What is St. John's Wort?
St. John's Wort is an herb prepared from the plant Hypericum perforatum. Currently, it is mainly used for treating depression and anxiety disorders in people. This is a fairly modern use of St. John's Wort.
"Traditionally, the herb was used to ease the pain of peripheral nerve injuries."
Traditionally, the herb was used to ease the pain of peripheral nerve injuries.
Why recommend administration of St. John's Wort to my pet?
While St. John's Wort is typically thought of as promoting human mental health, research indicates that the herb is also anxiolytic (reduces anxiety) in some animal species. In addition, the herb is effective in laboratory animals at reducing depression and psychological stress. Because of these relaxant effects, some practitioners prescribe St. John's Wort for mild anxiety associated with thunderstorms, visits to the groomer or veterinarian, and other mild fears and phobias.
Scientists have identified a chemical basis for the herb's ability to relieve pain, namely a mechanism similar to opiates, which are in the same chemical class as morphine. Hypericum finds use as an analgesic in the management of intervertebral disk disease and especially in the management of pain following declawing in cats. Topical application of the essential oil prepared from St. John's Wort may help with mild contusions, muscle aches, and minor skin irritations.
An effect of hypericum unrelated to the nervous system is its activity against lentiviruses, including FIV (Feline Immune Deficiency Virus) and perhaps even feline leukemia virus. Clinical experience with hypericum in the management of feline leukemia suggests it is effective, and has a role in the integrated management of this condition.
How much experience is there with the use of St. John's Wort in pets?
Despite the therapeutic possibilities discussed above, experience with St. John's Wort in pets is still limited. Doctors who have used it by itself or in herbal preparations report positive results. It is a leading prescription remedy for depression in people in Europe.
What species of animals are being treated regularly with St. John's Wort?
Dogs and cats are treated with St. John's Wort.
How much research has been conducted on this supplement?
While a significant amount of research has been conducted on the effects of St. John's Wort in people and laboratory animals, research in pet animals is lacking.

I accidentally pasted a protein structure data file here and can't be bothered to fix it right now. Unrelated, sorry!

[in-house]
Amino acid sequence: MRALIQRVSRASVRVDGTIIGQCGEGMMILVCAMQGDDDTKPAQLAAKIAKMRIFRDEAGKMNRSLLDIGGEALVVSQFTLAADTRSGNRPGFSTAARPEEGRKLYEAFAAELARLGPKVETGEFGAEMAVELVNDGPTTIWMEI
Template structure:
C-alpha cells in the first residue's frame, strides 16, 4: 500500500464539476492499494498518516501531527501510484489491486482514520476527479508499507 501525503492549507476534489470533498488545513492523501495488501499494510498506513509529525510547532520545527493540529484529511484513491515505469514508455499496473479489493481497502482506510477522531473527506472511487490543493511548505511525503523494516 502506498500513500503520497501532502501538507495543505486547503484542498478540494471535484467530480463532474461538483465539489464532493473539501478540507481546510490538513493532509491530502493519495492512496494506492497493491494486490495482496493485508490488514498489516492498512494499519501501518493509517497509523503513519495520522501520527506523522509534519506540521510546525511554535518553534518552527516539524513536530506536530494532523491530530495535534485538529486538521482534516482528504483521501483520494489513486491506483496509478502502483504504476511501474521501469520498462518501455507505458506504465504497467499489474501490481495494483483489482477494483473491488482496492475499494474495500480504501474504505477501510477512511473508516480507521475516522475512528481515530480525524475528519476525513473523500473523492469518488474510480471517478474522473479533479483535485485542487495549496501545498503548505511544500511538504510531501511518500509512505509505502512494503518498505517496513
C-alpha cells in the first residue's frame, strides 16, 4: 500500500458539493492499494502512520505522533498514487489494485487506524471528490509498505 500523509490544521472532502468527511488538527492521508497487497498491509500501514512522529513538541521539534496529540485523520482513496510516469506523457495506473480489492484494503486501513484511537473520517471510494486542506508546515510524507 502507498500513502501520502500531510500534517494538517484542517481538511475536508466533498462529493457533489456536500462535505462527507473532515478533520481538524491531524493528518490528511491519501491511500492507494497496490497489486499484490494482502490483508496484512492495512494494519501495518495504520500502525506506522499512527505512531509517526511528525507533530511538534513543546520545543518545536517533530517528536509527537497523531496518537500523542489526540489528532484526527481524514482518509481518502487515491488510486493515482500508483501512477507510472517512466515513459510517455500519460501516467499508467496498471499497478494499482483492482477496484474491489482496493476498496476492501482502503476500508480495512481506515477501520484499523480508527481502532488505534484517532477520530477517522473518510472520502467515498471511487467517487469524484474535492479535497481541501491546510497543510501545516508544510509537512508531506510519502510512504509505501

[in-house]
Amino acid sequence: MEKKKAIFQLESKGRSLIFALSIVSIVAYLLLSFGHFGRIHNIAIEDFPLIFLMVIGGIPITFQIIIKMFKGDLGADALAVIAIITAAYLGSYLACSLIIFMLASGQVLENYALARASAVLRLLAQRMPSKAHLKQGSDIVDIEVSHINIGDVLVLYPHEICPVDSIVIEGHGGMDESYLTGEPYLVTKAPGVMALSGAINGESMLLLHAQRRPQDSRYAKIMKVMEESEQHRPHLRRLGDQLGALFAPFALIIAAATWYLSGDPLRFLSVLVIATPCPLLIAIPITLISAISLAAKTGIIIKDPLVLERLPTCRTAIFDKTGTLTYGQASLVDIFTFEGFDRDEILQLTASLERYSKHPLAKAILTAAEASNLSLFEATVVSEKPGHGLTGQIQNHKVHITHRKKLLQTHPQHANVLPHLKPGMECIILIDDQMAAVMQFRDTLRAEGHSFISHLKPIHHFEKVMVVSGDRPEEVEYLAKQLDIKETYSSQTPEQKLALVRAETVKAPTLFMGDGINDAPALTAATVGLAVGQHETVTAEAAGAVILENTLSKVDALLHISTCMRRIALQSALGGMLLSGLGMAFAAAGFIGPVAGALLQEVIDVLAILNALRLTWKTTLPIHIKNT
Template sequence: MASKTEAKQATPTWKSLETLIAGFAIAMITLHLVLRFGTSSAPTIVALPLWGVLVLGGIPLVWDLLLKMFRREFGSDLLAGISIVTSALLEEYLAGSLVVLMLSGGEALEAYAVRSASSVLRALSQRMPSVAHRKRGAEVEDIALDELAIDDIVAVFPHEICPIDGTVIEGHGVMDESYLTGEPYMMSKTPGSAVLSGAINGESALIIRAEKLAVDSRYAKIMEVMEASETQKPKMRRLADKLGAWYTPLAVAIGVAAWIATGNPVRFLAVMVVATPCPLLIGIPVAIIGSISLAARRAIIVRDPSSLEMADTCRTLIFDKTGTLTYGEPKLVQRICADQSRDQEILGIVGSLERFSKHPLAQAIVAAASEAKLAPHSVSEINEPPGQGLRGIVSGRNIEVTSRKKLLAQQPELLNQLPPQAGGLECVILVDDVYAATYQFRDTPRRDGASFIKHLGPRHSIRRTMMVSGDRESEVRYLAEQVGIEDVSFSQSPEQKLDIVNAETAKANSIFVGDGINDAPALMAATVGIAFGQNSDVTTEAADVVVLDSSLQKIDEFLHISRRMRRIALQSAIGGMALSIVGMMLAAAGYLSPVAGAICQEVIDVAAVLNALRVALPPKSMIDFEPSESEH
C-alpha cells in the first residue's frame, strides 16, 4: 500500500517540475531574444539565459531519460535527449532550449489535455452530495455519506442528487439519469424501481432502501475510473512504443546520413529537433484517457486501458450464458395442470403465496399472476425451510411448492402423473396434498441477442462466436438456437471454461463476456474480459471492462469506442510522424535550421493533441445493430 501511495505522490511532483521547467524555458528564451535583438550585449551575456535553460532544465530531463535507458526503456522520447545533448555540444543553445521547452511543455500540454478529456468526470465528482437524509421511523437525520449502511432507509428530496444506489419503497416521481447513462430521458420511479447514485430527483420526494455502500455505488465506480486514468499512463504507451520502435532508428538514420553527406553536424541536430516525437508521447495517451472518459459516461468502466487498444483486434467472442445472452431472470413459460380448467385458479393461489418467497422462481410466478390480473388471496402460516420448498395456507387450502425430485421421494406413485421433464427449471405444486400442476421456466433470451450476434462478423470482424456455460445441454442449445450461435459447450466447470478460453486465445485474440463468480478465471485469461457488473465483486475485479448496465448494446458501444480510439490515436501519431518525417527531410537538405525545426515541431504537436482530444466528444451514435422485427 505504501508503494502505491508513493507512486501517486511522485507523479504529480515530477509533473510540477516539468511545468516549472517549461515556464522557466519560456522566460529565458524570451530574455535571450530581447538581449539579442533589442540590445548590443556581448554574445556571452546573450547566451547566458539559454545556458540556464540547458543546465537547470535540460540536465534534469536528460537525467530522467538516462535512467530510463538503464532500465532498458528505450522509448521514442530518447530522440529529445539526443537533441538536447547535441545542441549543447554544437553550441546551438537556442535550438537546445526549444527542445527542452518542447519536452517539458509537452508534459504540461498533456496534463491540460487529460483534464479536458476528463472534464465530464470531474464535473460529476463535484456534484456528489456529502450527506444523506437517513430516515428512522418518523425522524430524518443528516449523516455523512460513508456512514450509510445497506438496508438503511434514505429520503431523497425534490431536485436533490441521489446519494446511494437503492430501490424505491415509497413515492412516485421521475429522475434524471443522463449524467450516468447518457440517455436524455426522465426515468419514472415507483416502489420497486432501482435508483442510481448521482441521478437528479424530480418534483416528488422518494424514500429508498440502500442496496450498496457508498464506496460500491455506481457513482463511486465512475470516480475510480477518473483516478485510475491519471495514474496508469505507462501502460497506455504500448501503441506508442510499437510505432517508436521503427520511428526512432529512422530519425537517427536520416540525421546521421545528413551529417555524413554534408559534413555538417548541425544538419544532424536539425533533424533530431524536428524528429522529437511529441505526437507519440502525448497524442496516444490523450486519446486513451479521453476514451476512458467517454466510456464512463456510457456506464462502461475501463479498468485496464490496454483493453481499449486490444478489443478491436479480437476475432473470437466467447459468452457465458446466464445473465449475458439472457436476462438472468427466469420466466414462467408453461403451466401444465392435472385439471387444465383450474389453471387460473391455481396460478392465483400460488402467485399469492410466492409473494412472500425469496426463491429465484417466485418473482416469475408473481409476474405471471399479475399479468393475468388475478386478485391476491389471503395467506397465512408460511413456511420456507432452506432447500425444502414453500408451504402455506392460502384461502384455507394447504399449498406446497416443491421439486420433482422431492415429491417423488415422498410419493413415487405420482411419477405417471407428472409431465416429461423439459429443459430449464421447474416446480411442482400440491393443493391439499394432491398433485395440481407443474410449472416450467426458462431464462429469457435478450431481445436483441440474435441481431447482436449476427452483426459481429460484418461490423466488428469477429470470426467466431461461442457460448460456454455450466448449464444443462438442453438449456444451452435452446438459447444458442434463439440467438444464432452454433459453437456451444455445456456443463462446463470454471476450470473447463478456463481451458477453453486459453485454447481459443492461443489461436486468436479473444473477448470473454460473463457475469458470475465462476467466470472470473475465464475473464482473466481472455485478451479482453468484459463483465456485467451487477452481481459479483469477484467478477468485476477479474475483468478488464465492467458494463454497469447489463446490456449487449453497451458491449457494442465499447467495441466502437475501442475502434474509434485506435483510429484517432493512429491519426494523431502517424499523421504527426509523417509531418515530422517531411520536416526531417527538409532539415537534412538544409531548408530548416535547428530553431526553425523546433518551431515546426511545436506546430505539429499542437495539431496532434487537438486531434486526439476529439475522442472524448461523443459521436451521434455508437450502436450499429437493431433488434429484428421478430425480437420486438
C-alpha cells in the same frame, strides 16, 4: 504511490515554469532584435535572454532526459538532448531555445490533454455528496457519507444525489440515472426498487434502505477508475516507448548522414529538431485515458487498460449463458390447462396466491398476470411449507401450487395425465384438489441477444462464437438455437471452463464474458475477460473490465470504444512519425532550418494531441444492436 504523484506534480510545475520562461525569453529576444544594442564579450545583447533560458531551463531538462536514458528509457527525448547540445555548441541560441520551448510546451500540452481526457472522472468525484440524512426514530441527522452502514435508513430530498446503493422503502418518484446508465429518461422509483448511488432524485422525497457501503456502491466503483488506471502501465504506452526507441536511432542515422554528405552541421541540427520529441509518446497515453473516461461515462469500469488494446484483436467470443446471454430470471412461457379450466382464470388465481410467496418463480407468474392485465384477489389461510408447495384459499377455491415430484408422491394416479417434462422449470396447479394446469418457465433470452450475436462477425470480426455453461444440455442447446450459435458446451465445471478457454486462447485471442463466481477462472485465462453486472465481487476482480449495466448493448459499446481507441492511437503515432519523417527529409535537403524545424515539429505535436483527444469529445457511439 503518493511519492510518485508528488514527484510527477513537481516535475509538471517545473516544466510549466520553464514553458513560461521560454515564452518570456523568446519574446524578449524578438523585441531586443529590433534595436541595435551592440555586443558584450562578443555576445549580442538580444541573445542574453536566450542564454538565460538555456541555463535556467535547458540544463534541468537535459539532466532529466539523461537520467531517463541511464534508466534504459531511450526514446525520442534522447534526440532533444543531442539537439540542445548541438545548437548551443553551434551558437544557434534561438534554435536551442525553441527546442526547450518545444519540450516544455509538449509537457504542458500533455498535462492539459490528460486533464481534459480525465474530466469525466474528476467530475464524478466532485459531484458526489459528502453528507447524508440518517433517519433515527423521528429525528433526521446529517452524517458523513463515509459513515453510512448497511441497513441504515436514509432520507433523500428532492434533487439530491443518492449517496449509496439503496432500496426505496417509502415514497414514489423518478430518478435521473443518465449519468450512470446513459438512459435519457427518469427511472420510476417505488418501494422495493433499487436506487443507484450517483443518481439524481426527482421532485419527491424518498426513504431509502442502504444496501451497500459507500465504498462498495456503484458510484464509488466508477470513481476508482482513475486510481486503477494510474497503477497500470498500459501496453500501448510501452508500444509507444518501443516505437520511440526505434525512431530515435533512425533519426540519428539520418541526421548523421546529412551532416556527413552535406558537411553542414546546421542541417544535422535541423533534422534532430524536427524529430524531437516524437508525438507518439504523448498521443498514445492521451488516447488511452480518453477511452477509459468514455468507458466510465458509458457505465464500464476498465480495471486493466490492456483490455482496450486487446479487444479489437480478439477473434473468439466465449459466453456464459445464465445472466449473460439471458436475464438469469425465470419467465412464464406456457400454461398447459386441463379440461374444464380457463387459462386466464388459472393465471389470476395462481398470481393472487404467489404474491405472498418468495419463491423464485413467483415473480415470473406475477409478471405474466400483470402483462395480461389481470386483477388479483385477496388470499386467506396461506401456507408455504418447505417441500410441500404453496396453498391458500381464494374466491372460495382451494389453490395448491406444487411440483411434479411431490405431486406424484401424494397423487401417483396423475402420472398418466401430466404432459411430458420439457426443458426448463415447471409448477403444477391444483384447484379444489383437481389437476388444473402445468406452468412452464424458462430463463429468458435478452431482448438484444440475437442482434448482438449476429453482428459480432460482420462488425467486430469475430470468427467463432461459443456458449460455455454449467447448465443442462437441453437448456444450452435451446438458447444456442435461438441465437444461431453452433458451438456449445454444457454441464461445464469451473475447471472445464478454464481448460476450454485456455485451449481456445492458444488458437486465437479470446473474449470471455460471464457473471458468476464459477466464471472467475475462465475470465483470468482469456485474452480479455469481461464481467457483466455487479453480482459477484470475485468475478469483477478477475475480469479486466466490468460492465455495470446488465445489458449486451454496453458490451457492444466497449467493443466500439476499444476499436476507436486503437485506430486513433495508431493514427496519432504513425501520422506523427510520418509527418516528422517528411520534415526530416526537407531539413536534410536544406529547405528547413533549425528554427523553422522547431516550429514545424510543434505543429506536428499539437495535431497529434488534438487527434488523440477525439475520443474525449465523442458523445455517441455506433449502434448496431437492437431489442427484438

How can my pet benefit from St. John's Wort?
Pets with mild anxiety, phobic conditions, or depression may benefit. Feline hyperesthesia syndrome (also known as "rolling skin disease"), a convulsive disorder of cats, appears amenable to treatment with serotonin reuptake inhibitors, and may benefit from the serotonin-raising effects of St. John's Wort. Feline hyperesthesia can also be considered a severe form of peripheral neuralgia, which was a traditional indication for St. John's Wort. Psychogenic alopecia (hair loss resulting from psychological reasons) in both dogs and cats and even acral lick dermatitis in dogs (also called lick granuloma) might similarly benefit, given the herb's relaxant and peripheral analgesic (pain relieving) effects. Hypericum may also be used to relieve the pain of declawing and acute back pain secondary to disk prolapse. Hypericum appears to be effective in the treatment of feline immune deficiency viruses, although these benefits are probably only seen with the use of liquid extracts.
How safe is St. John's Wort?
St. John's Wort appears quite safe for use in dogs and cats.
"Photosensitization (sensitivity to sunlight) is possible with extended use of high doses."
Photosensitization (sensitivity to sunlight) is possible with extended use of high doses. Animal and human research has indicated that photosensitization is not likely to occur at the dosages typically used.
St. John's Wort may potentiate (increase the effects of) anesthetics and other sedatives. It is typically recommended for humans that St. John's Wort not be combined with prescription antidepressants since it has been speculated that the herb acts, like many pharmaceuticals, to increase serotonin levels in the brain. Recent neurophysiological research suggests, however, that St. John's Wort may act at least partly through other mechanisms. Preliminary investigation suggests that the hypericin in St. John's Wort may increase the activity of a liver enzyme called cytochrome P-450. Because this enzyme can break down drugs, St. John's Wort may cause the body to speed the breakdown of various drugs (such as theophylline, an asthma medication), thereby decreasing their effectiveness. St. John's Wort may raise blood pressure, and cause agitation, drowsiness, and confusion in surgical patients.
Finally, preliminary reports from the University of Colorado suggest that St. John's Wort may interfere with the action of the anti-tumor drugs etoposide (VePesid), teniposide (Vumon), mitoxantrone (Novantrone), and doxorubicin (Adriamycin). More research is needed in these areas.
"Safety in young children, pregnant or nursing women, or those with severe liver or kidney disease has not been established."
Safety in young children, pregnant or nursing women, or those with severe liver or kidney disease has not been established. Similar precautions in pets are warranted.
Where do I obtain St. John's Wort and do I need a prescription?
Pet owners are cautioned against buying supplements without knowledge of the manufacturer, as supplements are not highly regulated and some supplements may not contain the labelled amount of ingredients. Your veterinarian may have preferred brands or formulations of St. John's Wort that he or she will recommend. Liquid extracts should be used for the management of immune deficiency syndromes. A prescription is not needed for St. John's Wort.
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